Cowboys, Pimps, And The Notebooks They Live In

 Once a month it is my privilege to be one of the “babes” over at We do book reviews, and other writerly, bookie (not gambling) stuff. Though on occasion, and I wont say who (Dani) likes to get on Skype, put on those long petticoat pants and lift her big frilly skirt and go “whoopsie!” 

On my posting day, last Tuesday, I began this conversation about  Writers Notebooks. 

 The conversation began here,  For me, it made me realize that I don’t use them as much as I used to, but it stirred a lot of memories.

  Notebooks became something I claimed for myself, and not just for homework, in high school. I would “sketch” or record what I saw, and just make stuff up based on the people, or situations that I witnessed. I stopped doing that somewhere along the road. I’m pretty sure it has something to do with Starbucks. I would still go and write, but I wasn’t drawing on my environment. It’s a matter of character, not whether you had any, but whether you were one. I miss the junkies and the pimps of my early coffee shop days. I miss the cowboy’s talking to the junkies and the pimps. Shoulder to shoulder on mis-matched barstools, each with their feet resting on the steel rims, at the bottom of the stool. One in scuffed up Nocona boots, the other in blindingly polished Stacy Adams wing-tips. and the junkie, with whatever shoes he recently found. Sometimes they matched. Sometimes they didn’t, the matching days were proud days.

The place where all these characters came to life was a diner on the east side of San Antonio. If you spent a couple of hours there late at night and some guy didn’t get into an argument with his Huevos Rancheros then it was an off night.  On occasion someone would brandish a firearm, but no body could afford bullets. It was usually just some guy who had trouble performing with a hooker earlier, and had to man up a bit. He would puff his chest out, someone would show him some respect and we all went back to our pancakes.

  I don’t do that anymore. Of course I’m not that guy anymore either. If I saw a gun now, I’m getting under something! But my post for the Babes did get me thinking about the remembered days of sketches and song. I tend to put most of my notes in my iPhone now, even though I carry a Moleskine in my back pocket. So as Waylon Jennings put it “Maybe it’s time we got back to the basics…”.  So I grabbed a couple of fistfuls  of Composition Notebooks for .50 each (Tis the season you know.)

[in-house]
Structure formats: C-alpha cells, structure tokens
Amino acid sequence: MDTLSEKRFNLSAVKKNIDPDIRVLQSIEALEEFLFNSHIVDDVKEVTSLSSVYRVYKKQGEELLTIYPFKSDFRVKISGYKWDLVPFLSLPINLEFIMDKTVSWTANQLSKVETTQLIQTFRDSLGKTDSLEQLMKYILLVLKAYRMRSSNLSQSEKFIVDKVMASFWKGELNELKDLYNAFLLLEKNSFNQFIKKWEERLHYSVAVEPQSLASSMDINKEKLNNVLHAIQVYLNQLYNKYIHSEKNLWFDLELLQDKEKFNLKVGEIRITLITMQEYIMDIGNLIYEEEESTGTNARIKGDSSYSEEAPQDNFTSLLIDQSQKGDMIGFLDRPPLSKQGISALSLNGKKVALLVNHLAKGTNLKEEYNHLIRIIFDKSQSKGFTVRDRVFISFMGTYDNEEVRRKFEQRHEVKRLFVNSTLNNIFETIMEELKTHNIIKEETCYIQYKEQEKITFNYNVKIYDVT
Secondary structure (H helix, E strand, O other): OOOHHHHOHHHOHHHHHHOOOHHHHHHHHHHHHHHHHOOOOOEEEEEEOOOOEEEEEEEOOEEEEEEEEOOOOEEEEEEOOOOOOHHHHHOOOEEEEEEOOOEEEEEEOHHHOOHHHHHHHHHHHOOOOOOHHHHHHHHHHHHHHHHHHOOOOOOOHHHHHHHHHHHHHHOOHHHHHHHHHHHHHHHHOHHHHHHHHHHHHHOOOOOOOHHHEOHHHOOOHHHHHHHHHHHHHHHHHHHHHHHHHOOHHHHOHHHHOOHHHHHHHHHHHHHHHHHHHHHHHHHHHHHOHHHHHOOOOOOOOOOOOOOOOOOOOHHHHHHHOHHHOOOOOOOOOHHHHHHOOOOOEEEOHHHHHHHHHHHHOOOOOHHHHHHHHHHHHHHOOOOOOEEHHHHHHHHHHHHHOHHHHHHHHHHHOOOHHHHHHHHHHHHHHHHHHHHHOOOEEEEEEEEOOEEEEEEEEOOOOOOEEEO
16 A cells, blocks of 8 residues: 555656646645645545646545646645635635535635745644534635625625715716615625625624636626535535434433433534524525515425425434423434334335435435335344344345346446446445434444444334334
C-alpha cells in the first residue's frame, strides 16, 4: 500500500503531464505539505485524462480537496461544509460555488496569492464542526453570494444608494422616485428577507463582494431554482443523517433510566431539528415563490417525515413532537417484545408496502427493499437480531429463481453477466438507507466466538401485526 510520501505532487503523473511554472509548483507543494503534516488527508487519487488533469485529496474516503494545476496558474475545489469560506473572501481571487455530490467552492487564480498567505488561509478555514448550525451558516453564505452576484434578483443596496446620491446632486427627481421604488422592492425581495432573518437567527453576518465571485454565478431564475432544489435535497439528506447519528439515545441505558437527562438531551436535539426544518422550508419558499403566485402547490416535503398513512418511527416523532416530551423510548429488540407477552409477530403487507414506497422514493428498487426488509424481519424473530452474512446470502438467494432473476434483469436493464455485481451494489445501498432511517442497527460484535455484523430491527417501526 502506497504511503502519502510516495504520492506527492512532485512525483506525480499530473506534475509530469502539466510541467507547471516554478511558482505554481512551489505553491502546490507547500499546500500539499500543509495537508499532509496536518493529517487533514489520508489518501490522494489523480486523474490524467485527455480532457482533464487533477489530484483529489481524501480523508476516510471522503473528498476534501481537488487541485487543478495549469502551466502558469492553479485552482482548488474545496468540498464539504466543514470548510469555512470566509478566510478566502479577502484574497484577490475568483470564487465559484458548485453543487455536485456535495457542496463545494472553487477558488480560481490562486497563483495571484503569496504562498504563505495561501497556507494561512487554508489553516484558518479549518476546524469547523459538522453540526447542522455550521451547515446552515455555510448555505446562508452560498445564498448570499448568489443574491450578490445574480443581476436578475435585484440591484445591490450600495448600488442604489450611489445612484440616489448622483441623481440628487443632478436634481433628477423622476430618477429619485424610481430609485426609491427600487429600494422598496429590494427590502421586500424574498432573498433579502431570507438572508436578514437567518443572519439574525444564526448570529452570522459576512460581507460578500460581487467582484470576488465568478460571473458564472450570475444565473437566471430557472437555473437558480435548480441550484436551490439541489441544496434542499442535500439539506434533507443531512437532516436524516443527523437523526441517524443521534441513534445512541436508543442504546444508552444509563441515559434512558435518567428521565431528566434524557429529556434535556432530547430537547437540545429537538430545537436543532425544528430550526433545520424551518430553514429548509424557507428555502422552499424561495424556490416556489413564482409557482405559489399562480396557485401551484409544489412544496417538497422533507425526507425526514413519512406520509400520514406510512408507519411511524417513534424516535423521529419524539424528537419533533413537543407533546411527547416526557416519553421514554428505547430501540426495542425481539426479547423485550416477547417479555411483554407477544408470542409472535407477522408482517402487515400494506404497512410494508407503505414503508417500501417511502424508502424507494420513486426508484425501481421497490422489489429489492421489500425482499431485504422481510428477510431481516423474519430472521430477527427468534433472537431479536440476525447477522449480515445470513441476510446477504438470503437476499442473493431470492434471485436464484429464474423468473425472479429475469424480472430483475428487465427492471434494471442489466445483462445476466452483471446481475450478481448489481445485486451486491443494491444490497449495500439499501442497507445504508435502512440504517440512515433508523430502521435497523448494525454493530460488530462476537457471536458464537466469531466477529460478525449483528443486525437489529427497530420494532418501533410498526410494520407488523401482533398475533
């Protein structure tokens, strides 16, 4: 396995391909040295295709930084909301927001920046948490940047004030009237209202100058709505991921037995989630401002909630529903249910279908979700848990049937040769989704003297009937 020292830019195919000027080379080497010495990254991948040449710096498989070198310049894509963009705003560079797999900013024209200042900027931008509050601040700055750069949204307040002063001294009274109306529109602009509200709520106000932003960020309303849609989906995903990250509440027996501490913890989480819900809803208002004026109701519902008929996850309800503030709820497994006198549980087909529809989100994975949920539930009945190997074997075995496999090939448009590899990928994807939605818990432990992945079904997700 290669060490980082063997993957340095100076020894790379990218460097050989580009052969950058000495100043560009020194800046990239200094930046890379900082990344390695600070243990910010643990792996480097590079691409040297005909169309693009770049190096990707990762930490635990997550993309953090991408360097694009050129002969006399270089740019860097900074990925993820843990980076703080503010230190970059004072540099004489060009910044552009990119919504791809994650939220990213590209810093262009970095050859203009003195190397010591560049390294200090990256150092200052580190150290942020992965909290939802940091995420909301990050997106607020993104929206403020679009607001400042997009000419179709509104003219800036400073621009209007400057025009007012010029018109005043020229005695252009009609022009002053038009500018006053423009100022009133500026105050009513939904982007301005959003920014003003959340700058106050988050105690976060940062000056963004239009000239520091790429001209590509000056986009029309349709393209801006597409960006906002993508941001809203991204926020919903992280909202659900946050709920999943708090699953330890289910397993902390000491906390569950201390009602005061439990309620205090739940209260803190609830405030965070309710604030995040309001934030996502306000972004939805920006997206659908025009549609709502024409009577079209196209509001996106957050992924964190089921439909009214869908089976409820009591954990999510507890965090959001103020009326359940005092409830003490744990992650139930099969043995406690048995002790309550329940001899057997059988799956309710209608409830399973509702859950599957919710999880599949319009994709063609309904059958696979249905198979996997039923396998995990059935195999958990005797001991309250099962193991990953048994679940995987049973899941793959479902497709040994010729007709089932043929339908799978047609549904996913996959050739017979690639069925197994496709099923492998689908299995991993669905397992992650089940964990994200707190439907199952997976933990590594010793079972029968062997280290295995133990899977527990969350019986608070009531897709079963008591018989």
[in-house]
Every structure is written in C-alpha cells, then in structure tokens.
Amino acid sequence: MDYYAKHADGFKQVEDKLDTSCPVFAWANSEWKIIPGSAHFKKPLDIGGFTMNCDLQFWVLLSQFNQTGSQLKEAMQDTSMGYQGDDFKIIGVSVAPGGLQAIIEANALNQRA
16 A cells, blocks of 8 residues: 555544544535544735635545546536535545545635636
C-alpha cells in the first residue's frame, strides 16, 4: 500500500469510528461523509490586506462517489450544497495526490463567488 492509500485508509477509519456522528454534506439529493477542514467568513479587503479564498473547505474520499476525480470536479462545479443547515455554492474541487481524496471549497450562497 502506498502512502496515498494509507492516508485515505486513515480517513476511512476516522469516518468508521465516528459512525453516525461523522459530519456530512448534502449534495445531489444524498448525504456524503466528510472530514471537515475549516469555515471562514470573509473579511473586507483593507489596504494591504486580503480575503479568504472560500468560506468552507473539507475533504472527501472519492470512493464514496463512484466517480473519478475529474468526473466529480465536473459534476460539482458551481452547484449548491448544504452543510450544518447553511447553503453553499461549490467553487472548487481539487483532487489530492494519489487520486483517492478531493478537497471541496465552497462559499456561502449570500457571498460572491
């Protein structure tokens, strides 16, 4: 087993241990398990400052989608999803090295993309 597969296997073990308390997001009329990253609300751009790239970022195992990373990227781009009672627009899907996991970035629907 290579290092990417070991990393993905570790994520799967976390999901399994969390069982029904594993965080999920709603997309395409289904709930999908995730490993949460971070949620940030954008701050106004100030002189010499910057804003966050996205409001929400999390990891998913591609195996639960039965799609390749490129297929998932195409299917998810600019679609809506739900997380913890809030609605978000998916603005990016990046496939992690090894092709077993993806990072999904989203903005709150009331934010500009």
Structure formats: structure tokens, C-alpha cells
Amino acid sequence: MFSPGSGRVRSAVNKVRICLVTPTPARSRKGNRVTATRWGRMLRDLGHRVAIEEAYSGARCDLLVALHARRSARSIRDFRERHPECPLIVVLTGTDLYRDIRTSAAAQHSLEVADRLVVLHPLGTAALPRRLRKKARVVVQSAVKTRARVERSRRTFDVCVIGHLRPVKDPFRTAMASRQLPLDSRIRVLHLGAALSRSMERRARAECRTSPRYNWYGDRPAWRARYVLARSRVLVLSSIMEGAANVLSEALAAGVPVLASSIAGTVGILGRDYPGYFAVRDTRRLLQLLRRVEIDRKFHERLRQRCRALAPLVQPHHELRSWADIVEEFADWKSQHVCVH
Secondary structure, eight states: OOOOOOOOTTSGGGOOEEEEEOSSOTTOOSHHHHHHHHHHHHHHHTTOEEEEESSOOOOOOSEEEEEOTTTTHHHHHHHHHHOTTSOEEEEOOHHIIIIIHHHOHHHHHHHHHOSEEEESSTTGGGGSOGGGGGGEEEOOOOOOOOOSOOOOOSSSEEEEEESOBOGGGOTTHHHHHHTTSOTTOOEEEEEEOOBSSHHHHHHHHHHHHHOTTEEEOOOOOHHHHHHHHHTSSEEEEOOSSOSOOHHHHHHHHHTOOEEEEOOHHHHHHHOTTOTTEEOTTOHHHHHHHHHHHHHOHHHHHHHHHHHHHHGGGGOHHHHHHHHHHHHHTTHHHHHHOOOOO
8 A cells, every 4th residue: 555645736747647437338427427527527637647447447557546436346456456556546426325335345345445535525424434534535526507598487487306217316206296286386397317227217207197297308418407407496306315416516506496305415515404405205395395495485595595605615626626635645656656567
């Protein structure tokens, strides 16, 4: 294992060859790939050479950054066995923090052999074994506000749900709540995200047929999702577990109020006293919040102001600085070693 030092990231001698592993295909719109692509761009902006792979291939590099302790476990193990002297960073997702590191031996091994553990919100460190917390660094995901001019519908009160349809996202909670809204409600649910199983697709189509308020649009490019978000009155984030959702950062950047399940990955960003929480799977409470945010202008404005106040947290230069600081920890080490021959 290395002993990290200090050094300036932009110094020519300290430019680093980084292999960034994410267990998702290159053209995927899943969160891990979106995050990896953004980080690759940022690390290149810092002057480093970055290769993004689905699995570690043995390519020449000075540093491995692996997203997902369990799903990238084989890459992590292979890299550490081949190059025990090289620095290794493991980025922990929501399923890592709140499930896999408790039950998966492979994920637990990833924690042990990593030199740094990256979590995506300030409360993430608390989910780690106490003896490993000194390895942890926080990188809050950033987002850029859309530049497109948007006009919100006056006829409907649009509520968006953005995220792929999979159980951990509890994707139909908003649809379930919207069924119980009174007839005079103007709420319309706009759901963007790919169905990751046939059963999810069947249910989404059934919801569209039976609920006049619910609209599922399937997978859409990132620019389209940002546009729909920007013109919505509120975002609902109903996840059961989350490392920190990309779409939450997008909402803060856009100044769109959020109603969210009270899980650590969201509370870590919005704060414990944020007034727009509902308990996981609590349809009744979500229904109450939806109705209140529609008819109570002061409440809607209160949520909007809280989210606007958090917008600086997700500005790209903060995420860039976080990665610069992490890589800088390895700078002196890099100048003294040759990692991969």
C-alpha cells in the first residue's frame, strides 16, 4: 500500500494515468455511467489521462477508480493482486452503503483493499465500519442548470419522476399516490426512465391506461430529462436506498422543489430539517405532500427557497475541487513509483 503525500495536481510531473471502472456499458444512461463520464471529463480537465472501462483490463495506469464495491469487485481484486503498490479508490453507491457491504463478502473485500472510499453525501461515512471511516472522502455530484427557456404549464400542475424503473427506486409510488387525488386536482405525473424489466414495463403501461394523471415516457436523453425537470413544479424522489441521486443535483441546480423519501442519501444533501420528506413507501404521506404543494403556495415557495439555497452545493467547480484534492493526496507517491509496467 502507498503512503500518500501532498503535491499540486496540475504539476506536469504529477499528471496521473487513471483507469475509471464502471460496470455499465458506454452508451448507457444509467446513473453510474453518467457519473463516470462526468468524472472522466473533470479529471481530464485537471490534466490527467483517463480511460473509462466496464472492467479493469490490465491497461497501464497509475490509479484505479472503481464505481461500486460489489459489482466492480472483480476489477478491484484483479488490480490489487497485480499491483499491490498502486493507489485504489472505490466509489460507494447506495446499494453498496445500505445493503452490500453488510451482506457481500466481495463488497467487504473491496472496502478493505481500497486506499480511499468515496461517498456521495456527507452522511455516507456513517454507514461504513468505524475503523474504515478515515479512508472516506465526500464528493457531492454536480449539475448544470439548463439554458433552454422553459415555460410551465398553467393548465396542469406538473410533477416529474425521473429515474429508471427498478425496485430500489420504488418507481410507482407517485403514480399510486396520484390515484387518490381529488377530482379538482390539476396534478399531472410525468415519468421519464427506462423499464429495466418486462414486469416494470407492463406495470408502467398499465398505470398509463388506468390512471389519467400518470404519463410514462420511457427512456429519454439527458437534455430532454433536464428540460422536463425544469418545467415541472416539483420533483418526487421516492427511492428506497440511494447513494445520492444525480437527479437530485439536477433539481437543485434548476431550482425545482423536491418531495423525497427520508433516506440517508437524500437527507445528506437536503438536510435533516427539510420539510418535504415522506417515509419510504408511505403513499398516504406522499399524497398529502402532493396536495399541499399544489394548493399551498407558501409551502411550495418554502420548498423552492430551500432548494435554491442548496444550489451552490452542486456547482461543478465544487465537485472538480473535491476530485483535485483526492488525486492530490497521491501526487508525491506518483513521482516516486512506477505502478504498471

It didn’t take long for the stories show themselves. I approached an intersection where there was a woman holding a cardboard sign. She was dancing, and dancing well I must admit. I suspected that she probably once had, or perhaps still had a career in the dancing arts. Probably the exotic kind. She walked up the line of cars, to as many views as she could get before the light turned and the cars would roll on past her. She would stop at one from time to time. I couldn’t be sure whether she stopped because she saw merciful eyes, or the other kind of eyes that she has seen all too often, and usually gave her money as well.

The light turned green and as I slowly drove by, I looked at her and smiled, then read her sign. In big black ink it read “I was wrong.”   


 There are stories everywhere.

Published in: on September 4, 2012 at 5:14 PM  Comments (2)  
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2 CommentsLeave a comment

  1. Cowboys and pimps! Yes! These are the stories I’ve been waiting to hear. Keep ’em coming, friend. Also, it’s too hot to wear petticoat pants so next time the big frilly skirt comes up, WATCH OUT, now. 😉

  2. Indeed, there are stories everywhere. And what I so enjoy about yours is how you ever-so-gently peel back layers to reveal something human and profound, and you do it in just a few paragraphs, and often in a single sentence.

    Wonderful post, Mark!

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